Training can begin as soon as your puppy begins eating dry treats/kibble and is weaned.Close
Begin by giving treats from your hand. After providing a few treats/kibble, make a trail of treats/kibble leading to the Treat Dispenser. Do not dispense any treats, but allow your dog to walk up to the dispenser. After repeating this several times, your dog will learn to walk up to the Treat Dispenser without begin afraid.Close
Battery Status Indicator
When turning on the Treat Dispenser, the LED surrounding the on/off button will indicate the battery status in the following manner:
NOTE: The pad must be fully opened with no folds. If the Pee Pad Clip is not attached to the designated area it will not operate.
|Pee Pad Clip Function||LED Response|
|Battery added and on||Green LED flashes once|
|Low battery||Red LED flashes once every 10 seconds|
|Moisture detected from Pee Pad||Orange LED flashes once|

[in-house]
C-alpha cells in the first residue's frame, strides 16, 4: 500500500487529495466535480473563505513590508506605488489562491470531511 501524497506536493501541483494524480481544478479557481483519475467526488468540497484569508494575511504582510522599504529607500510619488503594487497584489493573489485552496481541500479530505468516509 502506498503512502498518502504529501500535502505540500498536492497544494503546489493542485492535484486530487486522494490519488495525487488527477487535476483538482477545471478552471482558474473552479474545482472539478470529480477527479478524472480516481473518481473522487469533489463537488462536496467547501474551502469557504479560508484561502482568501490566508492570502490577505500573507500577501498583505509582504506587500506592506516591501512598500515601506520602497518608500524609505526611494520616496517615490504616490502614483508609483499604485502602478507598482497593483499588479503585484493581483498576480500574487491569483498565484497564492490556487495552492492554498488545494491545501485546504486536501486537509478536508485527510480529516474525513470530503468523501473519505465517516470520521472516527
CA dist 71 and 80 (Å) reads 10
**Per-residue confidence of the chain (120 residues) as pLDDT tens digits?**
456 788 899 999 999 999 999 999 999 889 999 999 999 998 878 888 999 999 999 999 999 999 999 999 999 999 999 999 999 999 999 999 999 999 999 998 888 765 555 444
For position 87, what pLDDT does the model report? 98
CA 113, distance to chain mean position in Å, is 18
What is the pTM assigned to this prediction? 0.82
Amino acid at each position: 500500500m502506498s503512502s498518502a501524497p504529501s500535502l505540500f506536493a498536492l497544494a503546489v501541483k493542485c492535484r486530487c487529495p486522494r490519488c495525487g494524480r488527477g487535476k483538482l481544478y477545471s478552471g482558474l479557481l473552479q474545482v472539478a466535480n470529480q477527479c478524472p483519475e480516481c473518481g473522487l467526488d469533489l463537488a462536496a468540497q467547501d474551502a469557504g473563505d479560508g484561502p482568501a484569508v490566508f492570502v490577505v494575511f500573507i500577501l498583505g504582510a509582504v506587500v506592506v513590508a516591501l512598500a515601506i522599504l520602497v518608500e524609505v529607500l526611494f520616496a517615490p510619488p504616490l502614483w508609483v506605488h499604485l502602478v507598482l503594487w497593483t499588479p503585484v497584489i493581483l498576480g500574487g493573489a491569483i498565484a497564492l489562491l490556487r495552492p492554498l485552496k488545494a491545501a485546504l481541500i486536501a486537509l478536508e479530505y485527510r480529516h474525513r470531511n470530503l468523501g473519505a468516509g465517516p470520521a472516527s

The Handheld Remote, Pee Pad Clip and Treat Dispenser are paired from the factory. If you installed the batteries properly and the Treat dispenser is not responding to the handheld Remote or Pee Pad Clip, follow these steps:
A mounting template is located on the back cover of this guide. In order to ensure stability when mounting the Treat Dispenser, be sure to follow all instructions.
Note: It is important that the Treat Dispenser is level when mounted. Follow leveling instructions if mounting about floor level. Be sure to use the included anchors if there is no stud to avoid damage to your wall or the Treat Dispenser.
Nutritionally Balanced Diet for Your Dog
It is important that your dog is already on a nutritionally balanced feeding program before you begin using the Treat Dispenser. If you are using dry dog food/kibble, ensure they are the correct size and can be used in the Treat Dispenser for training.
NOTE: If you free feed your dog, and he shows no interest in the kibble from the Treat Dispenser, change to specific meal feeding times during the day while training with the Treat Dispenser. This should make the dispensed kibble more enticing. If you use treats instead of kibble, your training sessions should be over a longer number of days and the total calorie intake should be subtracted from your dog’s daily intake of food. For most dogs, treats should make up less than 10% of a dog’s daily food intake.